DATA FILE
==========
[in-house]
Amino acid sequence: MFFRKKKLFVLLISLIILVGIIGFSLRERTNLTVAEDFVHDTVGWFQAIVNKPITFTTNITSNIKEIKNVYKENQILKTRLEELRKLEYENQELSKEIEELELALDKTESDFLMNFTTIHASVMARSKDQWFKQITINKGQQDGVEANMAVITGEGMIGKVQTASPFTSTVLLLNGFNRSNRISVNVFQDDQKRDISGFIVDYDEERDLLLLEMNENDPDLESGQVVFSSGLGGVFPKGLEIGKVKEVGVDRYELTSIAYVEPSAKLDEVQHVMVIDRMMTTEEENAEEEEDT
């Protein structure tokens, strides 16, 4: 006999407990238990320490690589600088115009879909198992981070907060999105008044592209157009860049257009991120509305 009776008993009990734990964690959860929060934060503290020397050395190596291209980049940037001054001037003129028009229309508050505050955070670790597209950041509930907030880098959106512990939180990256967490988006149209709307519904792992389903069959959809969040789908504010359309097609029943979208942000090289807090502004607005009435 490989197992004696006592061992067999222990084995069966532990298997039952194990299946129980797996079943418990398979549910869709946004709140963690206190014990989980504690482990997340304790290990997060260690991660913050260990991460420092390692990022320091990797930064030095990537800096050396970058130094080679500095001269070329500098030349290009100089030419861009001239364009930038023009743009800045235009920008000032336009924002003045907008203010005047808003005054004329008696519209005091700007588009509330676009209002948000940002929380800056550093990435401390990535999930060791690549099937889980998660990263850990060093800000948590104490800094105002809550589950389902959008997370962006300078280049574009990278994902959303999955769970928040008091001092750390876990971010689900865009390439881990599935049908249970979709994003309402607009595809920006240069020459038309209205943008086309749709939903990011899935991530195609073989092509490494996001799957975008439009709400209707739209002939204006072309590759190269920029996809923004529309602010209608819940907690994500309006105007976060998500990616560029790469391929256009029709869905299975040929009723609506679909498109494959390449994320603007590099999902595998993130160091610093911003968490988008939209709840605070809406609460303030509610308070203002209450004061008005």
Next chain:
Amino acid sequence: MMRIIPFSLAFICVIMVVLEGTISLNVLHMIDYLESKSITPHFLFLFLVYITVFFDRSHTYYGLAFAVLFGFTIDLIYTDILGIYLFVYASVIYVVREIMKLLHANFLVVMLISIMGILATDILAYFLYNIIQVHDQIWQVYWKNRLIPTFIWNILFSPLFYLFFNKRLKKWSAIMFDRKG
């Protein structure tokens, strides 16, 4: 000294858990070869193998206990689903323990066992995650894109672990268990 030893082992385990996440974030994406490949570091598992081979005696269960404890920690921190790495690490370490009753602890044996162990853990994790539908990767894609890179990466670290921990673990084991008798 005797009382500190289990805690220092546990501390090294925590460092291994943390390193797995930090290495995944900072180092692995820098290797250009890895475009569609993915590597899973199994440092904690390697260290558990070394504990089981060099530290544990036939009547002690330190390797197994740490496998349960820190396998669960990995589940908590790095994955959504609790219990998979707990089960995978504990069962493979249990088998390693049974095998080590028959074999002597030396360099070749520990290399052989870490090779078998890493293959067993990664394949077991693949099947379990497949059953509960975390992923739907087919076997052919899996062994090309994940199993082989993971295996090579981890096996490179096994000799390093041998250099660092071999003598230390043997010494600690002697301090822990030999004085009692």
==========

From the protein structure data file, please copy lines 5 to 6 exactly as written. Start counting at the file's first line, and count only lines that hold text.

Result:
Amino acid sequence: MMRIIPFSLAFICVIMVVLEGTISLNVLHMIDYLESKSITPHFLFLFLVYITVFFDRSHTYYGLAFAVLFGFTIDLIYTDILGIYLFVYASVIYVVREIMKLLHANFLVVMLISIMGILATDILAYFLYNIIQVHDQIWQVYWKNRLIPTFIWNILFSPLFYLFFNKRLKKWSAIMFDRKG
């Protein structure tokens, strides 16, 4: 000294858990070869193998206990689903323990066992995650894109672990268990 030893082992385990996440974030994406490949570091598992081979005696269960404890920690921190790495690490370490009753602890044996162990853990994790539908990767894609890179990466670290921990673990084991008798 005797009382500190289990805690220092546990501390090294925590460092291994943390390193797995930090290495995944900072180092692995820098290797250009890895475009569609993915590597899973199994440092904690390697260290558990070394504990089981060099530290544990036939009547002690330190390797197994740490496998349960820190396998669960990995589940908590790095994955959504609790219990998979707990089960995978504990069962493979249990088998390693049974095998080590028959074999002597030396360099070749520990290399052989870490090779078998890493293959067993990664394949077991693949099947379990497949059953509960975390992923739907087919076997052919899996062994090309994940199993082989993971295996090579981890096996490179096994000799390093041998250099660092071999003598230390043997010494600690002697301090822990030999004085009692």